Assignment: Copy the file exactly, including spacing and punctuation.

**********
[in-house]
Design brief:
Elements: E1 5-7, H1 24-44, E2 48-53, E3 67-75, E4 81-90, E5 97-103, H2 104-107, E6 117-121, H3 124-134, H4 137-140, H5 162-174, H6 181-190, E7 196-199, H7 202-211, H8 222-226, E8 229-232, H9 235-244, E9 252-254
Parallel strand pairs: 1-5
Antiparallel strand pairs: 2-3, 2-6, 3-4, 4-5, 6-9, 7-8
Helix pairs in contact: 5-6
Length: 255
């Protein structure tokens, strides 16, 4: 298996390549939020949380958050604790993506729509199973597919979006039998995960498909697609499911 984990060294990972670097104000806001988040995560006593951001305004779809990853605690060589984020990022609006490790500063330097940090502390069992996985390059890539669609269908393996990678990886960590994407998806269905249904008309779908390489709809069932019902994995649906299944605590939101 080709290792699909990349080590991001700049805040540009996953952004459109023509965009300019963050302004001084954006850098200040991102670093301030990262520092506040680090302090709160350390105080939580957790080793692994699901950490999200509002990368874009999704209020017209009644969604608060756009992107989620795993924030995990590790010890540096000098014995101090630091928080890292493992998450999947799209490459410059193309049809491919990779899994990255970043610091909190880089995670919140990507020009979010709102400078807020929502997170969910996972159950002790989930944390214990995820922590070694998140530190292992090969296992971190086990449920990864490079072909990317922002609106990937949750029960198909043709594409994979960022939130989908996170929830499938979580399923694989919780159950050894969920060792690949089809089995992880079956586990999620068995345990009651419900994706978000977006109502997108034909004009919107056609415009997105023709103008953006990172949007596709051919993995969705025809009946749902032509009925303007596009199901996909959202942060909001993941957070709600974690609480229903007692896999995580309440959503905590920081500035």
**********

[in-house]
Design brief:
Elements: E1 5-7, H1 24-44, E2 48-53, E3 67-75, E4 81-90, E5 97-103, H2 104-107, E6 117-121, H3 124-134, H4 137-140, H5 162-174, H6 181-190, E7 196-199, H7 202-211, H8 222-226, E8 229-232, H9 235-244, E9 252-254
Parallel strand pairs: 1-5
Antiparallel strand pairs: 2-3, 2-6, 3-4, 4-5, 6-9, 7-8
Helix pairs in contact: 5-6
Length: 255
């Protein structure tokens, strides 16, 4: 298996390549939020949380958050604790993506729509199973597919979006039998995960498909697609499911 984990060294990972670097104000806001988040995560006593951001305004779809990853605690060589984020990022609006490790500063330097940090502390069992996985390059890539669609269908393996990678990886960590994407998806269905249904008309779908390489709809069932019902994995649906299944605590939101 080709290792699909990349080590991001700049805040540009996953952004459109023509965009300019963050302004001084954006850098200040991102670093301030990262520092506040680090302090709160350390105080939580957790080793692994699901950490999200509002990368874009999704209020017209009644969604608060756009992107989620795993924030995990590790010890540096000098014995101090630091928080890292493992998450999947799209490459410059193309049809491919990779899994990255970043610091909190880089995670919140990507020009979010709102400078807020929502997170969910996972159950002790989930944390214990995820922590070694998140530190292992090969296992971190086990449920990864490079072909990317922002609106990937949750029960198909043709594409994979960022939130989908996170929830499938979580399923694989919780159950050894969920060792690949089809089995992880079956586990999620068995345990009651419900994706978000977006109502997108034909004009919107056609415009997105023709103008953006990172949007596709051919993995969705025809009946749902032509009925303007596009199901996909959202942060909001993941957070709600974690609480229903007692896999995580309440959503905590920081500035």